Cyber Worlds: Protected?

Crime has many faces. These faces are ever changing. As the world extends its reach further into the depth of technology, we open ourselves for many new ways crime can take place. The Federal Bureau of Investigation has extended its reaches into the new frontier by forming a task force dedicated to cyber crime. The task force prioritizes itself about four specialized fields: computer intrusions, online child pornography, anti-piracy/intellectual property rights, and cyber fraud.
Computers are vulnerable to crime just as any source of communication and personal property can. Criminals invade countless homes and offices across the nation without having to break down windows or doors, but laptops, personal computers, and wireless networks. Just as in any intrusion, there is something behind the closed doors that give criminals the incentive to break in, in the first place. What would a criminal want with what is on a computer? Well, with technological advancements, people can keep all of their bank accounts, credit cards, personal information and private records in one convenient place. All that information is both important and profitable to the right people. Almost 11 million victims each year fall victim to some sort of identity theft . According to the FTC (Federal Trade Commission) up to 26% of these fraudulent activities are sourced to credit cards used to make online purchases.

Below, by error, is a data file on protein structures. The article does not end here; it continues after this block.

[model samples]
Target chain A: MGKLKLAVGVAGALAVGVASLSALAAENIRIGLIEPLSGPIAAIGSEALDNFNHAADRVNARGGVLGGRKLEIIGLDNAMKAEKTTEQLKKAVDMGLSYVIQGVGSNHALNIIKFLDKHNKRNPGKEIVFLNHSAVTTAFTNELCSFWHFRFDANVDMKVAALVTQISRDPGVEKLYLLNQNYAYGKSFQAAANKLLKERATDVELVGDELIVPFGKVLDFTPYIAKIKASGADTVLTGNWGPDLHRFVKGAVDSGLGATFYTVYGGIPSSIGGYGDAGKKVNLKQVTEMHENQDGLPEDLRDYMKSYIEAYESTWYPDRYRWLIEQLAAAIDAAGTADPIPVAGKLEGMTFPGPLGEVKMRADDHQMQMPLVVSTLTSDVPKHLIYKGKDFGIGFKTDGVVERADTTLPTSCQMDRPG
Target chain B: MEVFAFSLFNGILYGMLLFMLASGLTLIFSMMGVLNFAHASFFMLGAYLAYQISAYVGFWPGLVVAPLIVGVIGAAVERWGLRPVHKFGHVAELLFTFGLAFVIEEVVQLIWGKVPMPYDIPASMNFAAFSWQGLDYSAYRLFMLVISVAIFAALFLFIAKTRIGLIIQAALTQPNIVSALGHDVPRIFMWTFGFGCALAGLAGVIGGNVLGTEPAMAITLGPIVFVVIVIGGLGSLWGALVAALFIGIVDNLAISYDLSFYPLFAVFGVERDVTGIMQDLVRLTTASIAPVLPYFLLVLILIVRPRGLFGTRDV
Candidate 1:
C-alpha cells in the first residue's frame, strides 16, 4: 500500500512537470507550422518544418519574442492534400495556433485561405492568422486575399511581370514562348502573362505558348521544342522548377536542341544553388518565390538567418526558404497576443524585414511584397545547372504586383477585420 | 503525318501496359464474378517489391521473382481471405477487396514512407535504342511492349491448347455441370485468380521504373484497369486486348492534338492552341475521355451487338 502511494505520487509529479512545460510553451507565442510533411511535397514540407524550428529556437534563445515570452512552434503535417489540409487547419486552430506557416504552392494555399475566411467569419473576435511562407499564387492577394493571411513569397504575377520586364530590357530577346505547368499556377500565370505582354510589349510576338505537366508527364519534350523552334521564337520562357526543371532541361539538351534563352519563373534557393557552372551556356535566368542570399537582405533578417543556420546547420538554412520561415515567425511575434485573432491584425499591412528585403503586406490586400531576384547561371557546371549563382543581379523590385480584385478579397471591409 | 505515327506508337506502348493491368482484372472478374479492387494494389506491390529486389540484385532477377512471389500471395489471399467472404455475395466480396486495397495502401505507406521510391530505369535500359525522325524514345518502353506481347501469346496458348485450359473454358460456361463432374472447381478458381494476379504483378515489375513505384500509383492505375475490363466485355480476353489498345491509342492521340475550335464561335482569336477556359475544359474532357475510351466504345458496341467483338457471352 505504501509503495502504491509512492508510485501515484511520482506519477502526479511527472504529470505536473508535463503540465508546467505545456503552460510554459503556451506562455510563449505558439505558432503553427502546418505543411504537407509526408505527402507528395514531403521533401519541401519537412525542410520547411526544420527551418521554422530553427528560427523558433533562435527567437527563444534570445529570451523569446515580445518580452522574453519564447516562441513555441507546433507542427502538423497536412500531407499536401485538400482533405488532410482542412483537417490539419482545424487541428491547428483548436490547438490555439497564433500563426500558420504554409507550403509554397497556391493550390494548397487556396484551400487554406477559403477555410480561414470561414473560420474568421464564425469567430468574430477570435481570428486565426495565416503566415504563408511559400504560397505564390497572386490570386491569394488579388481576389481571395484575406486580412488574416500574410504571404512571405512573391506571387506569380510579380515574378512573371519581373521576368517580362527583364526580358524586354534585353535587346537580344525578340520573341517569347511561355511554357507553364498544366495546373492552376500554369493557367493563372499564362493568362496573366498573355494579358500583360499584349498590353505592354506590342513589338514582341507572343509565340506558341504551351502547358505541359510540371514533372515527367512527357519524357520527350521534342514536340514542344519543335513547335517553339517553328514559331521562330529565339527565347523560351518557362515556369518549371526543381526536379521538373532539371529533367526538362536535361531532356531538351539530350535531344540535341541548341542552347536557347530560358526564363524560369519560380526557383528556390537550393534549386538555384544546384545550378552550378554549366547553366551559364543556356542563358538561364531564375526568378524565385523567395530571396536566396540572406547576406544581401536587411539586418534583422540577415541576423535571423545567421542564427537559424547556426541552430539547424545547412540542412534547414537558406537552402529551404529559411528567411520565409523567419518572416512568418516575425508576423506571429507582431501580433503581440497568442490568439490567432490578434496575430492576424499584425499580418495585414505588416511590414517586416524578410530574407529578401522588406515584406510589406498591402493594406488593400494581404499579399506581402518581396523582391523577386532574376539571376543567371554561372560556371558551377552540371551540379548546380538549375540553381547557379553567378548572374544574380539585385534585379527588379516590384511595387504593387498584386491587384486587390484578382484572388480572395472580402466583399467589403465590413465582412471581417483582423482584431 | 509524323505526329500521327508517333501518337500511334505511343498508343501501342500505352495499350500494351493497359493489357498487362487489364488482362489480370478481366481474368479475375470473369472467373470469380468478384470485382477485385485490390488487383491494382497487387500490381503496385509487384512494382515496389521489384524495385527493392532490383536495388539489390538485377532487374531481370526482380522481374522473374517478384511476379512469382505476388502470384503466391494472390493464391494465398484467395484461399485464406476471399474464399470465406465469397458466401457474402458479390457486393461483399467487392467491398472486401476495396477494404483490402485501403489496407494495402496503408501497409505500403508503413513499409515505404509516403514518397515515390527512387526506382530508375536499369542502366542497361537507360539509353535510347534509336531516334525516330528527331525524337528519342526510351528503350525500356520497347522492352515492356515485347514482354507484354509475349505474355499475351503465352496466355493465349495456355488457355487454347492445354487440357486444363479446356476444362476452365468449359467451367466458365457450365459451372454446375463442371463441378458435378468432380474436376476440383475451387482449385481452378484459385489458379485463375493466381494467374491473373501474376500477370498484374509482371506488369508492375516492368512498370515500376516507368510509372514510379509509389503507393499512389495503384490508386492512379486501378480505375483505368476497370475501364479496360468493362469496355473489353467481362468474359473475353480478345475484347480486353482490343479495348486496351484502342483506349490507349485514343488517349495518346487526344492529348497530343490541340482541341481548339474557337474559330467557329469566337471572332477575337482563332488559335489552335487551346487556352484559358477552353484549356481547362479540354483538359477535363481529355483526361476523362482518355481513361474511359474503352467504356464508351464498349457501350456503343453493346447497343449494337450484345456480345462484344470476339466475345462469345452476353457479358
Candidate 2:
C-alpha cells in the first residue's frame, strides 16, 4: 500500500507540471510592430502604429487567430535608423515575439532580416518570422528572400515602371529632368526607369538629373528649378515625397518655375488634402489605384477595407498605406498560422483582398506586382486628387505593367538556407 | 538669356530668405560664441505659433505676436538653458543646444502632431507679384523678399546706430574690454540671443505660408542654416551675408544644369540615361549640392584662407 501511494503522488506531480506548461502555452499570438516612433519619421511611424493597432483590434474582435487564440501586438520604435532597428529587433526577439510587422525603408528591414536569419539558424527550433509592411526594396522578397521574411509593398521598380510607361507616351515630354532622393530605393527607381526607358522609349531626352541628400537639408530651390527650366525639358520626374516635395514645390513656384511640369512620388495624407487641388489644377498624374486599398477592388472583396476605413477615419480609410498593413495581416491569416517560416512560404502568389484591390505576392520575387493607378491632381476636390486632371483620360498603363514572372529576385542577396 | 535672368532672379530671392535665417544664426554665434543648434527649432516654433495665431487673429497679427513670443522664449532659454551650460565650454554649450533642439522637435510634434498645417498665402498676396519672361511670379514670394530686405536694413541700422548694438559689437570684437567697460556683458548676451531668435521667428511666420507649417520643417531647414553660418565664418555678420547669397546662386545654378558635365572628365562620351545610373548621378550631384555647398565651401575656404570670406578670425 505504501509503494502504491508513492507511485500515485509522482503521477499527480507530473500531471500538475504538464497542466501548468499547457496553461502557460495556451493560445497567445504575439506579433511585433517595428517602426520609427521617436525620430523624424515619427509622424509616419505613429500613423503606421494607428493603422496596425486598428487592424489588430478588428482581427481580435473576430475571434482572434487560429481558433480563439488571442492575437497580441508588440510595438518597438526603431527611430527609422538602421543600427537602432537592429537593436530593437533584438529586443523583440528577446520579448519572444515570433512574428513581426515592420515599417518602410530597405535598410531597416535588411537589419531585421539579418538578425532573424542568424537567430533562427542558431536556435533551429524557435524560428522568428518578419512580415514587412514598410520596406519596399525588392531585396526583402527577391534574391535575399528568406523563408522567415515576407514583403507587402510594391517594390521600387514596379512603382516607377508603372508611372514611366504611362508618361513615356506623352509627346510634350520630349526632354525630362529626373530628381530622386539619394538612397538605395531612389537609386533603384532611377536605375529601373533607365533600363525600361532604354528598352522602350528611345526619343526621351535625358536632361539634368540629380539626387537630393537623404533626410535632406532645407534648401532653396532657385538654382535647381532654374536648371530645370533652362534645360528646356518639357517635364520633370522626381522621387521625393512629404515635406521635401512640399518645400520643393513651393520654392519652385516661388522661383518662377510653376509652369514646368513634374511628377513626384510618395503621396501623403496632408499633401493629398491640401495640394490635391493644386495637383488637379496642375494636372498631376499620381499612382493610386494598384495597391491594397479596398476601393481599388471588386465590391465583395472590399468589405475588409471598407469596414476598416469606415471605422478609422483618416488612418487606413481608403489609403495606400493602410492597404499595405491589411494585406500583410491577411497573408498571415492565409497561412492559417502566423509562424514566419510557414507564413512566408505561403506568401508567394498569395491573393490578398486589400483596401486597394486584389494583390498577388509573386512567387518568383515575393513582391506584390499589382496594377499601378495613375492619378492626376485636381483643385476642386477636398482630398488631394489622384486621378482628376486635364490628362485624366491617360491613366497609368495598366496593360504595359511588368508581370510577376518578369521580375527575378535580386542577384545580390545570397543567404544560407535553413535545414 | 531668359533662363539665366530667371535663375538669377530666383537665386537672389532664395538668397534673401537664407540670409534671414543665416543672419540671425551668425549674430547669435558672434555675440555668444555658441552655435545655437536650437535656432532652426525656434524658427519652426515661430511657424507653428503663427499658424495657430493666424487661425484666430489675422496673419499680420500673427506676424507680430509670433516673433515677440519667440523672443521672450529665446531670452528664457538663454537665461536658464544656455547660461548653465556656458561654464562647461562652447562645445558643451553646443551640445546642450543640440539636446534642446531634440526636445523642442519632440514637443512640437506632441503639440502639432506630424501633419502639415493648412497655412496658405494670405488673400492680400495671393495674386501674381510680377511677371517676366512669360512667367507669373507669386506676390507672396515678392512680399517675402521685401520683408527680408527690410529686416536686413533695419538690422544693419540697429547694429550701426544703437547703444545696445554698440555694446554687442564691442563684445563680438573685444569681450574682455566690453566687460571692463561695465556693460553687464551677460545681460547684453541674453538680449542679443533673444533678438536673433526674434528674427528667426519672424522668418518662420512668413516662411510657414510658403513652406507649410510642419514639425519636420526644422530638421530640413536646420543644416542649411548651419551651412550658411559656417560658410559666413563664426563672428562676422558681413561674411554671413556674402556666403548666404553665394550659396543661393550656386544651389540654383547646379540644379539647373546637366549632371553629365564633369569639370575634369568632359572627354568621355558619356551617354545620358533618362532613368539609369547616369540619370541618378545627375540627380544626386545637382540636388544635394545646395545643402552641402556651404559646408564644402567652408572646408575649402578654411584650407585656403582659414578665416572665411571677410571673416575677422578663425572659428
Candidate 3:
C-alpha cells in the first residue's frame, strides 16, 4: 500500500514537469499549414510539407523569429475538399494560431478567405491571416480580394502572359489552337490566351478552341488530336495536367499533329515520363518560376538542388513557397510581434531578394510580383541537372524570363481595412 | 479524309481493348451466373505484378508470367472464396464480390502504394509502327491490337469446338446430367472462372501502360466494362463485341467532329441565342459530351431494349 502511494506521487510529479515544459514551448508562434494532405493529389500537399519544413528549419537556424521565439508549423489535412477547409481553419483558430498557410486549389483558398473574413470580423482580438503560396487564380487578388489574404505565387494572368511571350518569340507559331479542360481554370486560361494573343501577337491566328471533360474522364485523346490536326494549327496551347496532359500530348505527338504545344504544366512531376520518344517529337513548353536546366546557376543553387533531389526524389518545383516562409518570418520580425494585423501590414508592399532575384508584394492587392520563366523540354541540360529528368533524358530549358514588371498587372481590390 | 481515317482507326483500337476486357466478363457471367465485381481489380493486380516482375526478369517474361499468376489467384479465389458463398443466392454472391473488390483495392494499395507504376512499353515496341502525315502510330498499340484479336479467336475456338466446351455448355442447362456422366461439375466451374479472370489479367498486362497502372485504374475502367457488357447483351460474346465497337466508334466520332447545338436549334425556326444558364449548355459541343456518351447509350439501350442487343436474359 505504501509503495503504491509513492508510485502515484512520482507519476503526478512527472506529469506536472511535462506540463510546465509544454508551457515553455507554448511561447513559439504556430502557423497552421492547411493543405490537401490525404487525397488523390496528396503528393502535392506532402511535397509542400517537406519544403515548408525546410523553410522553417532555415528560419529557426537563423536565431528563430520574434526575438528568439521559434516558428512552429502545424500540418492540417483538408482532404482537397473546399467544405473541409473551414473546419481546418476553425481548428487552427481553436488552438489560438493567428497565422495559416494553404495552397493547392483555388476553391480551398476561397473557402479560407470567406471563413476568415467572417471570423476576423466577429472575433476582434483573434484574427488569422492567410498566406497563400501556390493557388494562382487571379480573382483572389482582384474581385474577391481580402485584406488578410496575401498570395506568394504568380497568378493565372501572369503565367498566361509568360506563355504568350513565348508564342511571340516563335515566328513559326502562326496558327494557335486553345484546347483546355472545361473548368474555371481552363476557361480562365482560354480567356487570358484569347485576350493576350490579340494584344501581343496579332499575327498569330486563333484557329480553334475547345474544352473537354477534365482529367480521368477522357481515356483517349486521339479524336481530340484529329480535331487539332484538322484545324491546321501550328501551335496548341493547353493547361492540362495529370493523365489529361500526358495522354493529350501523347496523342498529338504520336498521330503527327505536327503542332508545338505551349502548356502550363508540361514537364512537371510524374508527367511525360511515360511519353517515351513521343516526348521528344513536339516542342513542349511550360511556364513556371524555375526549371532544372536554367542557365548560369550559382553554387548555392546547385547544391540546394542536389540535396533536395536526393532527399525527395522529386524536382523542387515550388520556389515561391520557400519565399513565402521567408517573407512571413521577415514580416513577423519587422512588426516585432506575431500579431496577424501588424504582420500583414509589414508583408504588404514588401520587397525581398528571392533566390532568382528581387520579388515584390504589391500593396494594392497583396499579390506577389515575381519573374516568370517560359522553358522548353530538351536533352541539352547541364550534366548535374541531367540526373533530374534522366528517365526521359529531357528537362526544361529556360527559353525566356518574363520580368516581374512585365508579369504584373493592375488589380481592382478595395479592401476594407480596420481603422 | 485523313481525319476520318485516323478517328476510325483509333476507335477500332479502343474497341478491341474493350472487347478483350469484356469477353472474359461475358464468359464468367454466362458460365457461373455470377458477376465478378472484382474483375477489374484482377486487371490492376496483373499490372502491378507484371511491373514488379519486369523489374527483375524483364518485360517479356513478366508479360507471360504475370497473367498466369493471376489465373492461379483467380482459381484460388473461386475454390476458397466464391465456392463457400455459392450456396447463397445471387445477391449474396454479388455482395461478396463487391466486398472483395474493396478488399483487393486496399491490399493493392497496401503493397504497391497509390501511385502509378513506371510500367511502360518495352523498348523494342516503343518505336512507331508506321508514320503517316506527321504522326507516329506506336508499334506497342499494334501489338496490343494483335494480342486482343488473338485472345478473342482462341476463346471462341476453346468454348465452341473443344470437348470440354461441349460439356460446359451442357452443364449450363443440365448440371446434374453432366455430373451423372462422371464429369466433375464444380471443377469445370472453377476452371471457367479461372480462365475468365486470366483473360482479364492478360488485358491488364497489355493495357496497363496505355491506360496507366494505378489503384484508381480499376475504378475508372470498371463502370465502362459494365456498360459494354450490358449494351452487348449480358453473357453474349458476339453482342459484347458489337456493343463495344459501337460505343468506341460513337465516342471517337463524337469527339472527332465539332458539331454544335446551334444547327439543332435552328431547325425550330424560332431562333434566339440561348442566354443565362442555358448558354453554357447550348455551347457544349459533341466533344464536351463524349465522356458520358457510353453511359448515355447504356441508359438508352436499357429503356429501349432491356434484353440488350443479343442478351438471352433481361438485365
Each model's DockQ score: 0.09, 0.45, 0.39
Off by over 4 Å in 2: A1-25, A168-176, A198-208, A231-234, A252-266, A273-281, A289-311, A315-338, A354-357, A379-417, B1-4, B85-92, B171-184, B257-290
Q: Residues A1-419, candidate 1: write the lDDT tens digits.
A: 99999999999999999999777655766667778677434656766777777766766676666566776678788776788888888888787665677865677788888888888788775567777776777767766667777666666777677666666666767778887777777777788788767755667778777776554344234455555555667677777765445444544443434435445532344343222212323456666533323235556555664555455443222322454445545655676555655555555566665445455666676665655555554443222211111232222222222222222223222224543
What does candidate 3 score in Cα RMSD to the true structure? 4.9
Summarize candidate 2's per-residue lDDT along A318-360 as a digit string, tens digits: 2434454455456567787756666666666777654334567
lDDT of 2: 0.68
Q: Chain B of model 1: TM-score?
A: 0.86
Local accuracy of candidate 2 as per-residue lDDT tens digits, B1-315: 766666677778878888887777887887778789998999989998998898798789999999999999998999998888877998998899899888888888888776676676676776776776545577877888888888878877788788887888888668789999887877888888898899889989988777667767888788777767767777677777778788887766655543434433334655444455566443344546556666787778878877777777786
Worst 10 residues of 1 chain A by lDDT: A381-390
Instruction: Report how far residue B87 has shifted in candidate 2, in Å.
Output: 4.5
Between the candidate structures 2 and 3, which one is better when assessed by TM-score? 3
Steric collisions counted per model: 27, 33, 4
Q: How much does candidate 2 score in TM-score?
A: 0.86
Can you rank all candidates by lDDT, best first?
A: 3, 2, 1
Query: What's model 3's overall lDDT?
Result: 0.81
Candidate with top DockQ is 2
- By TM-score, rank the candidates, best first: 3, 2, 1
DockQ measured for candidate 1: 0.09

The FBI is also the head investigating team in what is known as the Innocent Images National Initiative or IINI. The IINI is a multi agency investigative operation to combat the proliferation of child pornography/child sexual exploitation facilitated by online computers. Since the launch, the task force has helped law enforcement open more than 15,500 cases; charged more than 4,700 criminals; and arrested more than 6,100 subjects. The FBI announced in 2004 that the task force was to extend it operation view into an international cooperative. The first priorities of the international...